CEOs Say They’re In Charge Of Analytics (Others Aren’t So Sure!)

Timo Elliott

Thanks to a tweet from Carsten Linz, the head of the SAP Center for Digital Leadership, I stumbled across some fascinating research from McKinsey on leadership in analytics.

What really caught my eye is that CEOs believe they are in charge of the analytics agenda in their organization:

But other executives aren’t so sure:

“Thirty-eight percent of CEOs say they lead their companies’ analytics agendas, but only 9 percent of all other C-suite executives agree. These respondents are much more likely to cite chief information officers or business-unit heads as leaders of the analytics agenda.”

What’s also fascinating about this is the reasons that CEOs give for not investing in as much analytics as their competitors:

Given they think they’re in charge of the initiatives, CEOs naturally don’t think senior leadership is a problem. But it’s by far the highest reason given by other senior leaders. What’s going on here?

CEOs say that the biggest problems are “uncertainty over which actions should be taken” and “lack of financial resources.” The latter is a fancy way of saying that CEOs don’t believe that analytics has a high enough ROI.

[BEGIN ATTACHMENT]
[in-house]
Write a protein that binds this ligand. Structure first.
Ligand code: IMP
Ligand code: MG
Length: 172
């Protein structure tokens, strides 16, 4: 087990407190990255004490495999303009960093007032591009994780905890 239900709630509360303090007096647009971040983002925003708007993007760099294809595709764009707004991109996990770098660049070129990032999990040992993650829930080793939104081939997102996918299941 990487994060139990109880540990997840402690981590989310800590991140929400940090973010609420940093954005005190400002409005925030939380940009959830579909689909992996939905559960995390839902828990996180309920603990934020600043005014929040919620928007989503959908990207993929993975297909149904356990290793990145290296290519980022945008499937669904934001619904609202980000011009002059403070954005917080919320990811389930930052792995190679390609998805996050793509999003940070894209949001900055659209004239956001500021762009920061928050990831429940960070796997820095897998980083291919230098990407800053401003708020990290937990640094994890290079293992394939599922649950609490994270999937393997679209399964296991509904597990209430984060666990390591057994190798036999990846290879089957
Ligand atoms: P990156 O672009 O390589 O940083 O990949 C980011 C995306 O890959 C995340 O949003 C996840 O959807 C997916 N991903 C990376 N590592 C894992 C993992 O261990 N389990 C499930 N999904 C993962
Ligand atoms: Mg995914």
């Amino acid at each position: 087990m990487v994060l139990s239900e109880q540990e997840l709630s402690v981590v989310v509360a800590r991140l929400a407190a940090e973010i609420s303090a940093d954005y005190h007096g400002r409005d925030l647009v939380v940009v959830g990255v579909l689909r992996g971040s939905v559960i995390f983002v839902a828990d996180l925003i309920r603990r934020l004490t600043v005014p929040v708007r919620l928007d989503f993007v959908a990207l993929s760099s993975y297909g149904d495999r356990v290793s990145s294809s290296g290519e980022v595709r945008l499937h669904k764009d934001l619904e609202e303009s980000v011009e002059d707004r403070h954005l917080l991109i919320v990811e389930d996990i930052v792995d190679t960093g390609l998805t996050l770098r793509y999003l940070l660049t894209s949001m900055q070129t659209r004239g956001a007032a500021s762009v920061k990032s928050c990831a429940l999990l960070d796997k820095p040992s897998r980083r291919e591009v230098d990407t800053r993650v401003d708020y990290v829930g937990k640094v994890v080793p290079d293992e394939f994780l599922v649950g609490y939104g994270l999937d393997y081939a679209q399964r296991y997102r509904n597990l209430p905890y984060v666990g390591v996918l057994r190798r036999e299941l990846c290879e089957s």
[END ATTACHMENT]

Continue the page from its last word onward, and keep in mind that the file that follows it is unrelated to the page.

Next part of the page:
Creating formal ROI cases for analytics has always been a problem; it’s hard to do a traditional financial analysis of the benefits when you “don’t know what you don’t know.” But many different studies over the years have consistently shown that once the business has new insights, they optimize the organization new ways. Forrester, for example, has shown that analyzing real-life cases before and after implementation produces very high ROI for analytics projects.

And without a clear way to determine the relative benefits of different analytics projects, it’s easy to see why CEOs think that the second biggest problem is uncertainty about how to proceed.

So what’s lacking, and what should organizations do about this?

I think the other senior executives have it right: The problem is indeed senior leadership. It takes a leap of faith to believe that better analytics will indeed to better business outcomes, as it always has done in the past (counter-examples, anyone?)—and that’s a job that only the CEO is fully qualified to do.

The bottom line is that formal ROI cases work well for many types of IT projects—but not for analytics. In an era where business is moving faster than ever, the benefits of investing in better visibility are clear. Today’s CEOs need to lead the rest of the organization away from the ROI of ignorance.

For more great McKinsey research, check out their latest roundup of analytics-related articles: Analytics Comes of Age.

This article originally appeared on Digital Business & Business Analytics.


Timo Elliott

About Timo Elliott

Timo Elliott is an Innovation Evangelist for SAP and a passionate advocate of innovation, digital business, analytics, and artificial intelligence.